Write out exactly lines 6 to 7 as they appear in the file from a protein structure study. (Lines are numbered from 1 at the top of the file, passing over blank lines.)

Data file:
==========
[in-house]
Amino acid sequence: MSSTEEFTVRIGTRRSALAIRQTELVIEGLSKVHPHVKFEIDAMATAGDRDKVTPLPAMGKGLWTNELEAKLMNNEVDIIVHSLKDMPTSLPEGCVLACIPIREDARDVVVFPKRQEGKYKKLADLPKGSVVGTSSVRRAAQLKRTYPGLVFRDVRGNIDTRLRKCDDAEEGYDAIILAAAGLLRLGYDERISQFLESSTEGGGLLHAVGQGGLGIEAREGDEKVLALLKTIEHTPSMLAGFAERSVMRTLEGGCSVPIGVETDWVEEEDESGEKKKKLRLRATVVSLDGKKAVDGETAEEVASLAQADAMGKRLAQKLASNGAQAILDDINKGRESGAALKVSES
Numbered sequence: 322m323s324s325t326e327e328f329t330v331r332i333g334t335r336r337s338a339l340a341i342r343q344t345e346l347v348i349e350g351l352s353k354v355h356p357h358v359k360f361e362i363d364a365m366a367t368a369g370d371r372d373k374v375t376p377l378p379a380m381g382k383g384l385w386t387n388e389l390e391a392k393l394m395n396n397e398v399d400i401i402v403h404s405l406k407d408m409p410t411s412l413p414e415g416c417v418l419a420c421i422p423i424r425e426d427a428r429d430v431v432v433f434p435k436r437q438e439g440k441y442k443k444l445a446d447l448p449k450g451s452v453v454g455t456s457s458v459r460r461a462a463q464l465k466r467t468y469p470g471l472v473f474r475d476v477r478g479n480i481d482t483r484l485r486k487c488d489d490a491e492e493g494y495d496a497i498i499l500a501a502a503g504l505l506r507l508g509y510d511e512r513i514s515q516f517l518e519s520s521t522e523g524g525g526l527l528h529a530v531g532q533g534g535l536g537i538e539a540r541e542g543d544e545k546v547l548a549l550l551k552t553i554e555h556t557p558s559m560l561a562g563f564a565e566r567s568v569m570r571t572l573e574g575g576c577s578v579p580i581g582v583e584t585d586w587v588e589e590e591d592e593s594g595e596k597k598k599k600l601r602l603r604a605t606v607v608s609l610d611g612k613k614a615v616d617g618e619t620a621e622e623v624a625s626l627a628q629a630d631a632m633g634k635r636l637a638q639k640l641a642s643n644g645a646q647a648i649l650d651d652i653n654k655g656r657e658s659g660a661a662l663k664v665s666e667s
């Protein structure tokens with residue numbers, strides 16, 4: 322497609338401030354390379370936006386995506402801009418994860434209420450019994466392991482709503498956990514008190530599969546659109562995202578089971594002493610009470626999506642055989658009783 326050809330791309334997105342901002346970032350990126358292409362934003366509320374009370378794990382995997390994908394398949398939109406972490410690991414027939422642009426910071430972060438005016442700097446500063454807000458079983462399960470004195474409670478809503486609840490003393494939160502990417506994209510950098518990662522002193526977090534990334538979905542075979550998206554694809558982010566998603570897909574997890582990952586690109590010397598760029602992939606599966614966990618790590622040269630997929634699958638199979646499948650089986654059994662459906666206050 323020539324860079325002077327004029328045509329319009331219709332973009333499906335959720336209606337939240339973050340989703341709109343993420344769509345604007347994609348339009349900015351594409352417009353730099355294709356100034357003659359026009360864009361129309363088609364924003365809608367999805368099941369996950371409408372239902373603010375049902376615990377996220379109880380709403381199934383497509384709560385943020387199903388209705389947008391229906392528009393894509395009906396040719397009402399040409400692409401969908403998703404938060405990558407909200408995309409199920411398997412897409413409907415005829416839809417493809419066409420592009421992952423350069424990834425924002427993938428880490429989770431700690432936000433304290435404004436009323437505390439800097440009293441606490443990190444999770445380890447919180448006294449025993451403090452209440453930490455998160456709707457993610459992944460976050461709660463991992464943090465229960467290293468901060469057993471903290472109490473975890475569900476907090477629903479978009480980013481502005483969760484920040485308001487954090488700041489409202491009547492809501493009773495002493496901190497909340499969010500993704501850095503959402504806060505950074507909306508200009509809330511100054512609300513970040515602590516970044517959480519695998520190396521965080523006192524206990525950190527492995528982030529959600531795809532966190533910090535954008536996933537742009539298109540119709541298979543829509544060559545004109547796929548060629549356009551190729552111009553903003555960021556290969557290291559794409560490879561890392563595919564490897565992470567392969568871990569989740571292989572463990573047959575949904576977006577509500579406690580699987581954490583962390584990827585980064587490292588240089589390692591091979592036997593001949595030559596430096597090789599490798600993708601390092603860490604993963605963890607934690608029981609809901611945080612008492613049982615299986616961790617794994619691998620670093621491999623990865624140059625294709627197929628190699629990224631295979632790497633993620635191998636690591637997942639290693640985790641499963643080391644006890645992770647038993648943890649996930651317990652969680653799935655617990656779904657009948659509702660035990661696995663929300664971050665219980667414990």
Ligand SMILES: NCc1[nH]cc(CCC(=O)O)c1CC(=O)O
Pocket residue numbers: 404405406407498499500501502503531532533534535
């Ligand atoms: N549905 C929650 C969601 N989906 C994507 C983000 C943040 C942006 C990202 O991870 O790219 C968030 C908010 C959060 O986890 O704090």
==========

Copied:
Pocket residue numbers: 404405406407498499500501502503531532533534535
């Ligand atoms: N549905 C929650 C969601 N989906 C994507 C983000 C943040 C942006 C990202 O991870 O790219 C968030 C908010 C959060 O986890 O704090």